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The Lancet Countdown on Health and Climate Change

  • 26 Oct 2022
  • 5 min read

For Prelims: WHO, WMO, Covid-19, Climate Change, Air Pollution, Heat Exposure, COP-27.

For Mains: Lancet Countdown on Health and Climate Change, Paris Agreement.

Why in News?

Recently a report was released titled Lancet countdown on health and climate change: health at the mercy of fossil fuels, showing that from 2000-2004 to 2017-2021, heat-related deaths increased by 55% in India.

What is Lancet Countdown on Health and Climate Change Report?

  • The Lancet Countdown on Health and Climate Change, published annually, is an international, multidisciplinary collaboration, dedicated to monitoring the evolving health profile of climate change, and providing an independent assessment of the delivery of commitments made by governments worldwide under the Paris Agreement.
  • The countries considered in the modelling study represent 50% of the world’s population and 70% of the world’s emissions – Brazil, China, Germany, India, Indonesia, Nigeria, South Africa, the UK and the US.
  • The Lancet Countdown report was established following the 2015 Lancet Commission on Health and Climate Change.
  • It tracks 43 indicators across five key domains:
    • Climate Change impacts, Exposures and Vulnerability; adaptation, Planning, and resilience for health; mitigation actions and health co-benefits; economics and finance and public and political engagement.

What are the Findings of the Report?

  • Subsidies Causing Global Problems:
    • Subsidies to fossil fuel consumption in many countries are causing global problems, including deterioration of air quality, decline in food output and increased risk of infectious disease linked to higher carbon emissions.
      • In 2021, 80% of the countries reviewed provided some form of fossil fuel subsidy, totaling USD 400 billion.
      • In 2019, India spent a net USD 34 billion on fossil fuel subsidies, accounting for 5% of total national health spending.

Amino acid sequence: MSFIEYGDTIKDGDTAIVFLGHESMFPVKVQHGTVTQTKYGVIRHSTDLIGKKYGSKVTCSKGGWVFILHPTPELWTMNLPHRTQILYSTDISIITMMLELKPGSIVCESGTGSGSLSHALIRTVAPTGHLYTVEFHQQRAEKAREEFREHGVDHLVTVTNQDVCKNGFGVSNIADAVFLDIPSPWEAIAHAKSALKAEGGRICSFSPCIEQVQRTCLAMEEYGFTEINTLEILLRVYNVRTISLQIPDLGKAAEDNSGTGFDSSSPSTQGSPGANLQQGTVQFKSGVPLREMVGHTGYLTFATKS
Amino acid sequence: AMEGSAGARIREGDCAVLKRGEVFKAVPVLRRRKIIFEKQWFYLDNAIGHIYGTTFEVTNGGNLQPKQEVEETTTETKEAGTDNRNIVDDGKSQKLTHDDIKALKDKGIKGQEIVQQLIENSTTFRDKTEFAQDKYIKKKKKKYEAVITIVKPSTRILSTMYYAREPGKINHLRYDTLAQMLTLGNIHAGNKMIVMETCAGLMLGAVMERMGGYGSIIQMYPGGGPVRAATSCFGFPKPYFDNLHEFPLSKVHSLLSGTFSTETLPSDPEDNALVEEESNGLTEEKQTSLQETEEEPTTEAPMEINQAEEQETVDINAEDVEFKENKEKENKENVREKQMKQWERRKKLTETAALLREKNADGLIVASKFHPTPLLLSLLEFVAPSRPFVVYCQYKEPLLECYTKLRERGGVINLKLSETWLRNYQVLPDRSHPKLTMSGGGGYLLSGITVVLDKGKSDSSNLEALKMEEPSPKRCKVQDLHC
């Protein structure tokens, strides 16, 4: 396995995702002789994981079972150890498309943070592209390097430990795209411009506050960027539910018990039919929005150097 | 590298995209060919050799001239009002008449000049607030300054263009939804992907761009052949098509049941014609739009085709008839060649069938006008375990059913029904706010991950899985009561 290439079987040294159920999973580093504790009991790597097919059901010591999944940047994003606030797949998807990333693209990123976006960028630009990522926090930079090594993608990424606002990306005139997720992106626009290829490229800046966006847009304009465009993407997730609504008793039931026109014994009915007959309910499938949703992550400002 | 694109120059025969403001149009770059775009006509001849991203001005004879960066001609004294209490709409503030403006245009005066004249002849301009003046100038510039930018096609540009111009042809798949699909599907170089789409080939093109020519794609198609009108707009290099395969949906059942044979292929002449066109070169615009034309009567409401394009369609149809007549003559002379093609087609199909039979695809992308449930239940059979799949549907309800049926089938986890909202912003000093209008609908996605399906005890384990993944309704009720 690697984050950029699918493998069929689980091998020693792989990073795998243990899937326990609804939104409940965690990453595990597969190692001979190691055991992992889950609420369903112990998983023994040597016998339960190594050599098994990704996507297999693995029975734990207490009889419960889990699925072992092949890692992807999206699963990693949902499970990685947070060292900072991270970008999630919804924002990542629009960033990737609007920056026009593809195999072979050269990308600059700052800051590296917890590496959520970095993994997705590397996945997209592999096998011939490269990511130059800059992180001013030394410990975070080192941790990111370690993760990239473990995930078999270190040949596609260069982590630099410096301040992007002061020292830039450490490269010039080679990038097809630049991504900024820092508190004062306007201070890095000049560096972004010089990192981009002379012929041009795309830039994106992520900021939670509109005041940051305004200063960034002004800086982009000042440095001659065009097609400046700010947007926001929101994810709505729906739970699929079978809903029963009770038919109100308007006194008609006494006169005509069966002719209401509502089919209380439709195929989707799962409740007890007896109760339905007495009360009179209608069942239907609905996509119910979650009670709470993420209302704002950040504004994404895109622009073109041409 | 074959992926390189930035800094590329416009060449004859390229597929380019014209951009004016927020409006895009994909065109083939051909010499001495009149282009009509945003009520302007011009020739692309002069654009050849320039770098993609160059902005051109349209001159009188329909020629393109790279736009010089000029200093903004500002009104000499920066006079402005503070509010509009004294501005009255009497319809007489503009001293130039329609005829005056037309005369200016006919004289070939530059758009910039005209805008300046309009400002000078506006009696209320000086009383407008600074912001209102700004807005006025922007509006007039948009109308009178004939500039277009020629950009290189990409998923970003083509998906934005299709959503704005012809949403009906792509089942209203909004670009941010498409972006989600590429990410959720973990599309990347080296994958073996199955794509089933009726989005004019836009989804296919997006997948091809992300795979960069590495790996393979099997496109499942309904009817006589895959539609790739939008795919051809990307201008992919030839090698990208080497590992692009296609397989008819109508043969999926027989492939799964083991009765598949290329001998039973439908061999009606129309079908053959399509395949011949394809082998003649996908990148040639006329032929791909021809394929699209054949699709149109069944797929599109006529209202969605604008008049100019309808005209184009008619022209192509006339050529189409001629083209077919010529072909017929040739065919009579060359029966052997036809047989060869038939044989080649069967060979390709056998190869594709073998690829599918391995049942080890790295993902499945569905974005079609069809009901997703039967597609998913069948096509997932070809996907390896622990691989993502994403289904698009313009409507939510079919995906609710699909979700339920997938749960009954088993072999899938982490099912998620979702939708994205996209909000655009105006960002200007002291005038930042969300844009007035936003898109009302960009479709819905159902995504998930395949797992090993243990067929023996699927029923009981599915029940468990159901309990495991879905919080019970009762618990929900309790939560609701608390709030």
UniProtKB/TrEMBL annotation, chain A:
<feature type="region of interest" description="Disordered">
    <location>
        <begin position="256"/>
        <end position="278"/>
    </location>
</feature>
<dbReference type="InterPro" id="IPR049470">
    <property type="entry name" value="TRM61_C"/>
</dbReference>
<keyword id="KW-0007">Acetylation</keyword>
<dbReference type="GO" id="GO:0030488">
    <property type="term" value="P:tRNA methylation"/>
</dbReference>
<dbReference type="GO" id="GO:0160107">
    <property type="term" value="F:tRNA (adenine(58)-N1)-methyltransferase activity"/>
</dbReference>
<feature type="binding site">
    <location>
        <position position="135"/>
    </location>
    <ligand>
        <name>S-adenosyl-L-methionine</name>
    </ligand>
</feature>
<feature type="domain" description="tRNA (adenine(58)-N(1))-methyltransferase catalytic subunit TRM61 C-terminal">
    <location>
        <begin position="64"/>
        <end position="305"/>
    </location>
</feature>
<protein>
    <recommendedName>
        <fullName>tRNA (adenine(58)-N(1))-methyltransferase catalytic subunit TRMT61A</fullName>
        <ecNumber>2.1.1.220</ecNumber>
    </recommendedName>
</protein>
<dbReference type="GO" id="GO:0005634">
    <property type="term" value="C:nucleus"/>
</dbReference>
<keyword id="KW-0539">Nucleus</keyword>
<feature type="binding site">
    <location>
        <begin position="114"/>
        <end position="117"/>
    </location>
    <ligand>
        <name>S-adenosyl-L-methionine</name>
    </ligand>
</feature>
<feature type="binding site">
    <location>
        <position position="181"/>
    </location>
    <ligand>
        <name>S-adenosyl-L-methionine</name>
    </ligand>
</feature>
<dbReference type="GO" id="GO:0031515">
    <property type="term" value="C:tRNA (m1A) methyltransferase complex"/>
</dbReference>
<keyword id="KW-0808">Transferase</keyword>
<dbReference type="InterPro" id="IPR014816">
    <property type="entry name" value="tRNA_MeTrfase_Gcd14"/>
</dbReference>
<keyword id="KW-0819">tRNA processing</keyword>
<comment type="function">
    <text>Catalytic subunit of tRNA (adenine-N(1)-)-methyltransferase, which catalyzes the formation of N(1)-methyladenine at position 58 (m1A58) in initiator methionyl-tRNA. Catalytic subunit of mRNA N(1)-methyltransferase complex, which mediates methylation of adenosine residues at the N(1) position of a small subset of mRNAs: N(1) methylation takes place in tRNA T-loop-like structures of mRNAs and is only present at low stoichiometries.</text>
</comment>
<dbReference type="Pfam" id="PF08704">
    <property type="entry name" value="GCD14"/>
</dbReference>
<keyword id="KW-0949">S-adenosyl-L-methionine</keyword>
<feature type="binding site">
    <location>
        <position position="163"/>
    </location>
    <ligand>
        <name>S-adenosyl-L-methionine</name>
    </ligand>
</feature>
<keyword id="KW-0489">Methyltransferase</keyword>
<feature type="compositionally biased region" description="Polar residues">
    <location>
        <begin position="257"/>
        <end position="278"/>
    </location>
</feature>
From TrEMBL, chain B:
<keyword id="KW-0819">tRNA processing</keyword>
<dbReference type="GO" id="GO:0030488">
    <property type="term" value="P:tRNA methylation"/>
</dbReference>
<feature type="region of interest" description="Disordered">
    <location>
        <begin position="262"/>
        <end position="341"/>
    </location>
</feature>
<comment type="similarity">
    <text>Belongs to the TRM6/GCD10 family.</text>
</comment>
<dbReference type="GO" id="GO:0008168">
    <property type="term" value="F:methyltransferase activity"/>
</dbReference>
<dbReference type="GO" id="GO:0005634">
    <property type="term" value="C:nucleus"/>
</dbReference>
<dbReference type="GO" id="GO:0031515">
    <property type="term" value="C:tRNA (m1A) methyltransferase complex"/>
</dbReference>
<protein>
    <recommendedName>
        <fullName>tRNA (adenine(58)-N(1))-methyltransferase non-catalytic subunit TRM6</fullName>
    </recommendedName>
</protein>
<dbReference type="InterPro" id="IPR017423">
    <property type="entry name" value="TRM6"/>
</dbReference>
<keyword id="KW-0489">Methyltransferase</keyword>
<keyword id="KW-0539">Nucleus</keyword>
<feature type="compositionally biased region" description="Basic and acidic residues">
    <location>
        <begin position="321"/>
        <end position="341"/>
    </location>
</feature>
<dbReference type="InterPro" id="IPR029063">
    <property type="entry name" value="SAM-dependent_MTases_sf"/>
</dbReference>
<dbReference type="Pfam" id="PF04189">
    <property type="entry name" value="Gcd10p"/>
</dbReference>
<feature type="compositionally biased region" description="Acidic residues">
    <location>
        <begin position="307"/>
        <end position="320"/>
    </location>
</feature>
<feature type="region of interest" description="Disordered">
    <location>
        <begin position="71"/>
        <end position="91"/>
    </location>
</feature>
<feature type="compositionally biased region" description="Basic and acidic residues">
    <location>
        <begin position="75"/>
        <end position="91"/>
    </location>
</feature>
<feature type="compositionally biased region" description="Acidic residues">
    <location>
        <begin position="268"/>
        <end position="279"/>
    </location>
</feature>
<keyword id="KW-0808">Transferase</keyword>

• Over 3,30,000 people died in India in 2020 as a result of exposure to fossil fuel pollutants.
  • Effects of Rising Temperature on Age Groups:
    • From 2012-2021, infants under one year old experienced an average of 72 million more person-days of heatwaves per year, compared to 1985-2005.
    • Adults over the age of 65 in India experienced 301 million more person-days during the same time period.
    • From 2000-2004 to 2017-2021, heat-related deaths increased by 55% in India.
  • Impact on GDP:
    • In 2021, Indians lost 167.2 billion potential labour hours due to heat exposure with income losses equivalent to about 5.4% of national GDP.
  • Dengue Transmission:
    • From 1951-1960 to 2012-2021, the number of months suitable for dengue transmission by Aedes Aegypti rose by 1.69%, reaching 5.6 months each year.

What are the Recommendations?

  • Improvement in air quality will help to prevent deaths resulting from exposure to fossil fuel-derived particulate matter.
  • Develop climate solutions that are proportionate to the scale of the problem. The climate crisis is endangering not only the health of the planet, but also the health of people everywhere, through toxic air pollution, decreased food security, increased risks of infectious disease outbreaks, extreme heat, drought, floods, etc.
  • Therefore, governments should pay more attention to and invest more resources in environmental protection.
  • Burning of dirty fuels needs to be minimized as soon as possible to reduce the accompanying health impacts.

Source: TH

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